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Carpal Tunnel Syndrome

Carpal tunnel syndrome is most often caused by overuse of the wrist, which in turn causes narrowing and inflammation of the tunnel that houses the nerves and tendons that lead from the forearm to the wrist.
Compression of the median nerve causes the symptoms. Overuse is common in hand-intensive activities, particularly when the wrist is used for support, as in cycling.

Symptoms and diagnosis

– Tenderness over the palmar aspect just distal to the wrist.
– Athletes with this injury may have intermittent tingling and numbness in the thumb and the next two and a half fingers. The tingling will be more prominent with the wrist in hyper flexion or hyperextension.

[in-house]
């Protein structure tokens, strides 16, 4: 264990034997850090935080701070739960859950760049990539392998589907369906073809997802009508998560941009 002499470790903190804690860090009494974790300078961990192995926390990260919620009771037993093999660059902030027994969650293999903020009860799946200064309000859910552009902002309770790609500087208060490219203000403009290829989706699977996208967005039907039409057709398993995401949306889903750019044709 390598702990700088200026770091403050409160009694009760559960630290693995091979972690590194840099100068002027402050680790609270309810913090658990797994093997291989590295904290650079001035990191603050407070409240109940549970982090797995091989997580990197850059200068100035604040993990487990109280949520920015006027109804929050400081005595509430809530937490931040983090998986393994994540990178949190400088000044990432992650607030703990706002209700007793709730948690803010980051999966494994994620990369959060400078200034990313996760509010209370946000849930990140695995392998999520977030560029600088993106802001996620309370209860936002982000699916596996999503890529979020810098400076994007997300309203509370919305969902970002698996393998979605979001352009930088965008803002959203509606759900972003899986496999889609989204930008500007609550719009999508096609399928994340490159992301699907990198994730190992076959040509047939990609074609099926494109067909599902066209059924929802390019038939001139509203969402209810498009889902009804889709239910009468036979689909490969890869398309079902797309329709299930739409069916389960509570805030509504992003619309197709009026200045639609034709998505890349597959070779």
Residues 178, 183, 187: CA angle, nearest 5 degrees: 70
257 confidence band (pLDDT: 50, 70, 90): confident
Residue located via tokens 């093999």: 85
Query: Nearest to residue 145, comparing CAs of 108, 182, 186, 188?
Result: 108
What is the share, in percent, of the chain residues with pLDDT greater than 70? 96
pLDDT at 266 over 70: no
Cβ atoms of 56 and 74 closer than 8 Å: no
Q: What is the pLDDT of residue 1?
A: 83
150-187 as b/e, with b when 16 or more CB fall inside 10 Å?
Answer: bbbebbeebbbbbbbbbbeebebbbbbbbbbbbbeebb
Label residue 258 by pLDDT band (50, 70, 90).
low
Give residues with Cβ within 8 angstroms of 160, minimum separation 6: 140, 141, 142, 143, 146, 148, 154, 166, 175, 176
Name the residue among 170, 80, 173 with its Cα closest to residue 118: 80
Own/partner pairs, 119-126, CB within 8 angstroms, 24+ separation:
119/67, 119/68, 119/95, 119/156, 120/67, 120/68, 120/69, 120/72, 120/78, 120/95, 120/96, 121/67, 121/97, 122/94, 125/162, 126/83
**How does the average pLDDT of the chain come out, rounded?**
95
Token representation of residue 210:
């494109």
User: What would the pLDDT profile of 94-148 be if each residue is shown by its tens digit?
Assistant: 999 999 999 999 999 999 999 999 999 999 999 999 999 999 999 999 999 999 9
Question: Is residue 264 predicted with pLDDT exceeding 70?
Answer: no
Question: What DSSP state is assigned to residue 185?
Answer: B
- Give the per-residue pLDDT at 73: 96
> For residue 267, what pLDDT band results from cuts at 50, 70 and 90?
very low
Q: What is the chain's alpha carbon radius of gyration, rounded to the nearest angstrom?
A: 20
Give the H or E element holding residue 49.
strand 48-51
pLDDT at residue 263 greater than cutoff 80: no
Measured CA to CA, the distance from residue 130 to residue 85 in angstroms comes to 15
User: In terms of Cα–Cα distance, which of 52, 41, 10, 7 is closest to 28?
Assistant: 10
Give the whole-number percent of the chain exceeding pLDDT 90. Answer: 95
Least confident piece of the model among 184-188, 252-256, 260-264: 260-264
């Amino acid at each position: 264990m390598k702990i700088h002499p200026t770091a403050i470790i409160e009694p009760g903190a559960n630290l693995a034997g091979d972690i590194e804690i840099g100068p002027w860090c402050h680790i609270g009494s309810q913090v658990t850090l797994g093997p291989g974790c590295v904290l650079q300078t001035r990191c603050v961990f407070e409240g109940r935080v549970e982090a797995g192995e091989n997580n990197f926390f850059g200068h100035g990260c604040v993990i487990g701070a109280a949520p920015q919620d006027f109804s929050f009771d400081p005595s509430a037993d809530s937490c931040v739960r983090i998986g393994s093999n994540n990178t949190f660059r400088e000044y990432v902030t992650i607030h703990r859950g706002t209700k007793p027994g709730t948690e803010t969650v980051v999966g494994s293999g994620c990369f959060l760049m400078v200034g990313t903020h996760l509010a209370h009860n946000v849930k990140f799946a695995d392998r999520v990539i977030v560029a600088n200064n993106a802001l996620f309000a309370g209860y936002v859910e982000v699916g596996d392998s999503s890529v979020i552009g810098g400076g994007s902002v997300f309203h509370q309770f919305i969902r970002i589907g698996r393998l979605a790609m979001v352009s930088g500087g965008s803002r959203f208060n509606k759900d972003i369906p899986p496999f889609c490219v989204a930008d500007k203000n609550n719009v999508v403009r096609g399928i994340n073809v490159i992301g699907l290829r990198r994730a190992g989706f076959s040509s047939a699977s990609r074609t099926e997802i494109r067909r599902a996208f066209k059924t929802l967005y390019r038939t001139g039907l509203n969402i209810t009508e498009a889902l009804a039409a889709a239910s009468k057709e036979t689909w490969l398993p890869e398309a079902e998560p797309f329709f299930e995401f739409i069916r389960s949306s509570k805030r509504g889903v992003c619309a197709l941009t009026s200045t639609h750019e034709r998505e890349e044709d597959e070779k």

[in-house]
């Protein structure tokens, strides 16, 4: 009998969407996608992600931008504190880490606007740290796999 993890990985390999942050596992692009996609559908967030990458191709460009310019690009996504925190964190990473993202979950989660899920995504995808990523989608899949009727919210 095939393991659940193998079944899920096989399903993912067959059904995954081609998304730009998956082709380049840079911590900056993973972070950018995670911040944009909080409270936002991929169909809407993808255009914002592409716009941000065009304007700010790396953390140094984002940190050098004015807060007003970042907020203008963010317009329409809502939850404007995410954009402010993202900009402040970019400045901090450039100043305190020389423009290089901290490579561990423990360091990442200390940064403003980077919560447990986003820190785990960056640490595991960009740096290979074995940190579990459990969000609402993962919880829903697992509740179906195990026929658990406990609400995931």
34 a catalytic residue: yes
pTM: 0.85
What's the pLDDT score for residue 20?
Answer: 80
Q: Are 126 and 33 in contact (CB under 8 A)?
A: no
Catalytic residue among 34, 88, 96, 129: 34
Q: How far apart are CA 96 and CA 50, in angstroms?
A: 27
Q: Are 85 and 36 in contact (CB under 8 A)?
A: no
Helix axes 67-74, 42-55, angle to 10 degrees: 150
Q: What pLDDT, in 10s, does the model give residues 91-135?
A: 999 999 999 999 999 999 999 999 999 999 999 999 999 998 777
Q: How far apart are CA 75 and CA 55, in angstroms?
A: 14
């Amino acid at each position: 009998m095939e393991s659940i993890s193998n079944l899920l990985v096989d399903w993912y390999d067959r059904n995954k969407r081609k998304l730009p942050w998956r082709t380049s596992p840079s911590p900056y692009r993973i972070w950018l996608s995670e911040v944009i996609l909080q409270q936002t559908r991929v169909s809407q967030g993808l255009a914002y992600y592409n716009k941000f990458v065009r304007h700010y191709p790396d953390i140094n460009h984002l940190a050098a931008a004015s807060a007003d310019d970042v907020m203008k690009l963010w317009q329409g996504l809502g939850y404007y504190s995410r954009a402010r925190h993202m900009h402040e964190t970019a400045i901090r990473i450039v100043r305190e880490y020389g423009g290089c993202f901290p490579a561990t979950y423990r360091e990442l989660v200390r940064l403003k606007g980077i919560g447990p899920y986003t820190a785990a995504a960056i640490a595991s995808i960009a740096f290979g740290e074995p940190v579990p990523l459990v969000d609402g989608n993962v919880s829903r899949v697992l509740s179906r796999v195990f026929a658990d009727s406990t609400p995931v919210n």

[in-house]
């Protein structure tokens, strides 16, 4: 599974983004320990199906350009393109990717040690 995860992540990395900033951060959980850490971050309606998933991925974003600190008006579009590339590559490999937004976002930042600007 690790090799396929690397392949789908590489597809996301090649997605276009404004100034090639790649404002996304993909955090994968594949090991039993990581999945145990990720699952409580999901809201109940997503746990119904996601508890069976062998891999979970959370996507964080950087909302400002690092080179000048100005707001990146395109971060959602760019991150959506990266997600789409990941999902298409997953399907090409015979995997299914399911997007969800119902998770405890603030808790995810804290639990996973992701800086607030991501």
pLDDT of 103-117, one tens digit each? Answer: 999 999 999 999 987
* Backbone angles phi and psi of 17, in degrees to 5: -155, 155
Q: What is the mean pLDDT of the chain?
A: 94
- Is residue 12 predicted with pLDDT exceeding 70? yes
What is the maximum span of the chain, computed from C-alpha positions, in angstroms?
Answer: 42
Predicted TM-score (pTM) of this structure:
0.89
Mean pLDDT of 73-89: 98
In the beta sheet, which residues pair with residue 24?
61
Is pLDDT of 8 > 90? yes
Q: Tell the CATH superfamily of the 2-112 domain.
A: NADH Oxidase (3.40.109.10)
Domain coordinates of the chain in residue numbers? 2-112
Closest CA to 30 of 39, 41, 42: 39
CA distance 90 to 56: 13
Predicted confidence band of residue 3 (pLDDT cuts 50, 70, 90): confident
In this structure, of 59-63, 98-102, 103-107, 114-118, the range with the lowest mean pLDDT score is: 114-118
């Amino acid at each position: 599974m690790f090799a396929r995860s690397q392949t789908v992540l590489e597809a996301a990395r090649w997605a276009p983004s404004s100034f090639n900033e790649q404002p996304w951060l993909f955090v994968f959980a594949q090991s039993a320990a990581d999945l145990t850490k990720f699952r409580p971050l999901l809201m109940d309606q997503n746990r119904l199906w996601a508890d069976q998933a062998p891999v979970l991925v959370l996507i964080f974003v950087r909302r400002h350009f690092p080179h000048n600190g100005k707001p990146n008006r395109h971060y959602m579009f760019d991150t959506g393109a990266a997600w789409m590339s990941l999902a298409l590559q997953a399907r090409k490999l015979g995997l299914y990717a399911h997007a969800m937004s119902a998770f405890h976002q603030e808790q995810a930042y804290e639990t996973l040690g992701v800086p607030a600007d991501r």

– The athlete will sometimes complain of clumsiness and loss of dexterity.
– In prolonged severe cases there may be loss of grip strength and hypotrophy of the thumb muscles.
– Holding the wrist in hyperflexion (Phalen’s maneuver, Figure 8.8) for a 30 second period causes numbness in the hand.
– Electromyographic studies may be helpful to confirm the diagnosis, but they are not always positive.


The doctor may:
– advise a change in training;
– apply a splint to rest the wrist and avoid extremes of range of motion. Depending on the degree of symptoms the splint or brace may be worn only at night, during activities, or continuously;
– give anti-inflammatory medication;
– inject steroid into the carpal tunnel in refractory cases;
– operate to release the ligament overlying the carpal tunnel in cases refractory to the above measures (this increases the space available for the nerve). This surgery can be ‘arthroscopic’ (endoscopic).


The athlete may return to sports as soon as symptoms allow, often within 2–4 weeks of surgery. Taping, bracing or splinting may be helpful during activities.

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